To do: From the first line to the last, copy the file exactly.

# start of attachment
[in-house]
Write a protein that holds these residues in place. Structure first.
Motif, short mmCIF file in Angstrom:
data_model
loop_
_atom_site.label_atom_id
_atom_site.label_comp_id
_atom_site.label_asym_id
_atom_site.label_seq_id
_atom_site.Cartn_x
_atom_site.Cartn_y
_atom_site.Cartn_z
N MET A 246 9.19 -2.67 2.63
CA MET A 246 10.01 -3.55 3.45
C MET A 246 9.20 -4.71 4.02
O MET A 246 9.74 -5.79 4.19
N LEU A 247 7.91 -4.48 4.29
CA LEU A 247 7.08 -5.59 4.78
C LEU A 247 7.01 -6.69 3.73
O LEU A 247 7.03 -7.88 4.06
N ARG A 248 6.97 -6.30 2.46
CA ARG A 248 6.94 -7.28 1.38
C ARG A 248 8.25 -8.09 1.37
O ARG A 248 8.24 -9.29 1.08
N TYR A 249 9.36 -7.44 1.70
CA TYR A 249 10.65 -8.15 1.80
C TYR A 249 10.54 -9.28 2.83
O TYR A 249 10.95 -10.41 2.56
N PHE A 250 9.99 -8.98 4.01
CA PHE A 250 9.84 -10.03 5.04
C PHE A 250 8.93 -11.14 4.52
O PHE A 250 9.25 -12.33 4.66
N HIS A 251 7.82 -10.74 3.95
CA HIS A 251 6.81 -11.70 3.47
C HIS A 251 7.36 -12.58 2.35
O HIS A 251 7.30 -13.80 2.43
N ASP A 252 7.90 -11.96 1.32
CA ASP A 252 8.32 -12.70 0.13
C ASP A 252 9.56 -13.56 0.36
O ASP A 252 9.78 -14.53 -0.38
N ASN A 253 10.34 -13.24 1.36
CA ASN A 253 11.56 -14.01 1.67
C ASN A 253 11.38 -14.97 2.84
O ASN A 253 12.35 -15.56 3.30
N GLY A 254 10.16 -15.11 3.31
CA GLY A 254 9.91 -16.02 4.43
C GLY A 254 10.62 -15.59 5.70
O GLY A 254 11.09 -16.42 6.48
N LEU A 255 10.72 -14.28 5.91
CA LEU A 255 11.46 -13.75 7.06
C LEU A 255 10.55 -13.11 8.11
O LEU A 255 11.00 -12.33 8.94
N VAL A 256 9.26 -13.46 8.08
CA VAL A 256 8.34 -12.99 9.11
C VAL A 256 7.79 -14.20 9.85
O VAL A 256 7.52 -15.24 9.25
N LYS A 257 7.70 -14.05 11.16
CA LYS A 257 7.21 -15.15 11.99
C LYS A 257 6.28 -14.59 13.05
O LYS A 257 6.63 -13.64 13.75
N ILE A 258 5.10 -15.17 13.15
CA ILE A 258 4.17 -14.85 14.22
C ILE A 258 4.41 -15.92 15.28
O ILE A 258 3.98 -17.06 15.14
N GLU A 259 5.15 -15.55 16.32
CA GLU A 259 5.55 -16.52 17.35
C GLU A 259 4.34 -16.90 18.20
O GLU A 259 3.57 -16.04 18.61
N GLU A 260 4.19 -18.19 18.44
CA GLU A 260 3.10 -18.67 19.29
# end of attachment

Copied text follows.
[in-house]
Write a protein that holds these residues in place. Structure first.
Motif, short mmCIF file in Angstrom:
data_model
loop_
_atom_site.label_atom_id
_atom_site.label_comp_id
_atom_site.label_asym_id
_atom_site.label_seq_id
_atom_site.Cartn_x
_atom_site.Cartn_y
_atom_site.Cartn_z
N MET A 246 9.19 -2.67 2.63
CA MET A 246 10.01 -3.55 3.45
C MET A 246 9.20 -4.71 4.02
O MET A 246 9.74 -5.79 4.19
N LEU A 247 7.91 -4.48 4.29
CA LEU A 247 7.08 -5.59 4.78
C LEU A 247 7.01 -6.69 3.73
O LEU A 247 7.03 -7.88 4.06
N ARG A 248 6.97 -6.30 2.46
CA ARG A 248 6.94 -7.28 1.38
C ARG A 248 8.25 -8.09 1.37
O ARG A 248 8.24 -9.29 1.08
N TYR A 249 9.36 -7.44 1.70
CA TYR A 249 10.65 -8.15 1.80
C TYR A 249 10.54 -9.28 2.83
O TYR A 249 10.95 -10.41 2.56
N PHE A 250 9.99 -8.98 4.01
CA PHE A 250 9.84 -10.03 5.04
C PHE A 250 8.93 -11.14 4.52
O PHE A 250 9.25 -12.33 4.66
N HIS A 251 7.82 -10.74 3.95
CA HIS A 251 6.81 -11.70 3.47
C HIS A 251 7.36 -12.58 2.35
O HIS A 251 7.30 -13.80 2.43
N ASP A 252 7.90 -11.96 1.32
CA ASP A 252 8.32 -12.70 0.13
C ASP A 252 9.56 -13.56 0.36
O ASP A 252 9.78 -14.53 -0.38
N ASN A 253 10.34 -13.24 1.36
CA ASN A 253 11.56 -14.01 1.67
C ASN A 253 11.38 -14.97 2.84
O ASN A 253 12.35 -15.56 3.30
N GLY A 254 10.16 -15.11 3.31
CA GLY A 254 9.91 -16.02 4.43
C GLY A 254 10.62 -15.59 5.70
O GLY A 254 11.09 -16.42 6.48
N LEU A 255 10.72 -14.28 5.91
CA LEU A 255 11.46 -13.75 7.06
C LEU A 255 10.55 -13.11 8.11
O LEU A 255 11.00 -12.33 8.94
N VAL A 256 9.26 -13.46 8.08
CA VAL A 256 8.34 -12.99 9.11
C VAL A 256 7.79 -14.20 9.85
O VAL A 256 7.52 -15.24 9.25
N LYS A 257 7.70 -14.05 11.16
CA LYS A 257 7.21 -15.15 11.99
C LYS A 257 6.28 -14.59 13.05
O LYS A 257 6.63 -13.64 13.75
N ILE A 258 5.10 -15.17 13.15
CA ILE A 258 4.17 -14.85 14.22
C ILE A 258 4.41 -15.92 15.28
O ILE A 258 3.98 -17.06 15.14
N GLU A 259 5.15 -15.55 16.32
CA GLU A 259 5.55 -16.52 17.35
C GLU A 259 4.34 -16.90 18.20
O GLU A 259 3.57 -16.04 18.61
N GLU A 260 4.19 -18.19 18.44
CA GLU A 260 3.10 -18.67 19.29